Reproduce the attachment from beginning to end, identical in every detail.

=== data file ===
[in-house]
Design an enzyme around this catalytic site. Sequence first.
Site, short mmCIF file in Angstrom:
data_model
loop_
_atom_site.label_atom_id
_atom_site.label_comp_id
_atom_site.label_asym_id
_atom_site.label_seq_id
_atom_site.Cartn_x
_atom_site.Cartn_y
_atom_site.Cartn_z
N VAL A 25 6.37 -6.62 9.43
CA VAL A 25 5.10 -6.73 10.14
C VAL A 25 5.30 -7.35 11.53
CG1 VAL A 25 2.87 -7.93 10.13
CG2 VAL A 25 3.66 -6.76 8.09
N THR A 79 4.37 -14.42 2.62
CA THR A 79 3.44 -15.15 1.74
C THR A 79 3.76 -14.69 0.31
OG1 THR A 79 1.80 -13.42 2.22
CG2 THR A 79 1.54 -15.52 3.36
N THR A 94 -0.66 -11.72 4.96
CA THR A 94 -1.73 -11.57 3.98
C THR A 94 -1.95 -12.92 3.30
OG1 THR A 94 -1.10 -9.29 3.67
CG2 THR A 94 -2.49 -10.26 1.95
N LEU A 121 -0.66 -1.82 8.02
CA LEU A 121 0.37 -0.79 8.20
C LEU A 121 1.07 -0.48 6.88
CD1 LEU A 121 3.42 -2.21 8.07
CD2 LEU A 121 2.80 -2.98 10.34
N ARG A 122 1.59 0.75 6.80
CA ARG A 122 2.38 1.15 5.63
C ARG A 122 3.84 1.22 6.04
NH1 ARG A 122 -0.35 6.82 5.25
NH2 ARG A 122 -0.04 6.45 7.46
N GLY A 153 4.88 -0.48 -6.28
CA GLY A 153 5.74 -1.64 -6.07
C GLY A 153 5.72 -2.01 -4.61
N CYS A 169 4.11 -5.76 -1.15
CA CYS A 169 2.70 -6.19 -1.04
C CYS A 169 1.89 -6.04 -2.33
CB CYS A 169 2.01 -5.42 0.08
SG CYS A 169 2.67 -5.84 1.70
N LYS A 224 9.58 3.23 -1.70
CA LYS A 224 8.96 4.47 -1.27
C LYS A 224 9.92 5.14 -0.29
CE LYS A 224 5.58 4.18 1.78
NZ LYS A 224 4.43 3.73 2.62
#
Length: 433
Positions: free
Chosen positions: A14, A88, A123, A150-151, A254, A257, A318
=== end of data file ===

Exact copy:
[in-house]
Design an enzyme around this catalytic site. Sequence first.
Site, short mmCIF file in Angstrom:
data_model
loop_
_atom_site.label_atom_id
_atom_site.label_comp_id
_atom_site.label_asym_id
_atom_site.label_seq_id
_atom_site.Cartn_x
_atom_site.Cartn_y
_atom_site.Cartn_z
N VAL A 25 6.37 -6.62 9.43
CA VAL A 25 5.10 -6.73 10.14
C VAL A 25 5.30 -7.35 11.53
CG1 VAL A 25 2.87 -7.93 10.13
CG2 VAL A 25 3.66 -6.76 8.09
N THR A 79 4.37 -14.42 2.62
CA THR A 79 3.44 -15.15 1.74
C THR A 79 3.76 -14.69 0.31
OG1 THR A 79 1.80 -13.42 2.22
CG2 THR A 79 1.54 -15.52 3.36
N THR A 94 -0.66 -11.72 4.96
CA THR A 94 -1.73 -11.57 3.98
C THR A 94 -1.95 -12.92 3.30
OG1 THR A 94 -1.10 -9.29 3.67
CG2 THR A 94 -2.49 -10.26 1.95
N LEU A 121 -0.66 -1.82 8.02
CA LEU A 121 0.37 -0.79 8.20
C LEU A 121 1.07 -0.48 6.88
CD1 LEU A 121 3.42 -2.21 8.07
CD2 LEU A 121 2.80 -2.98 10.34
N ARG A 122 1.59 0.75 6.80
CA ARG A 122 2.38 1.15 5.63
C ARG A 122 3.84 1.22 6.04
NH1 ARG A 122 -0.35 6.82 5.25
NH2 ARG A 122 -0.04 6.45 7.46
N GLY A 153 4.88 -0.48 -6.28
CA GLY A 153 5.74 -1.64 -6.07
C GLY A 153 5.72 -2.01 -4.61
N CYS A 169 4.11 -5.76 -1.15
CA CYS A 169 2.70 -6.19 -1.04
C CYS A 169 1.89 -6.04 -2.33
CB CYS A 169 2.01 -5.42 0.08
SG CYS A 169 2.67 -5.84 1.70
N LYS A 224 9.58 3.23 -1.70
CA LYS A 224 8.96 4.47 -1.27
C LYS A 224 9.92 5.14 -0.29
CE LYS A 224 5.58 4.18 1.78
NZ LYS A 224 4.43 3.73 2.62
#
Length: 433
Positions: free
Chosen positions: A14, A88, A123, A150-151, A254, A257, A318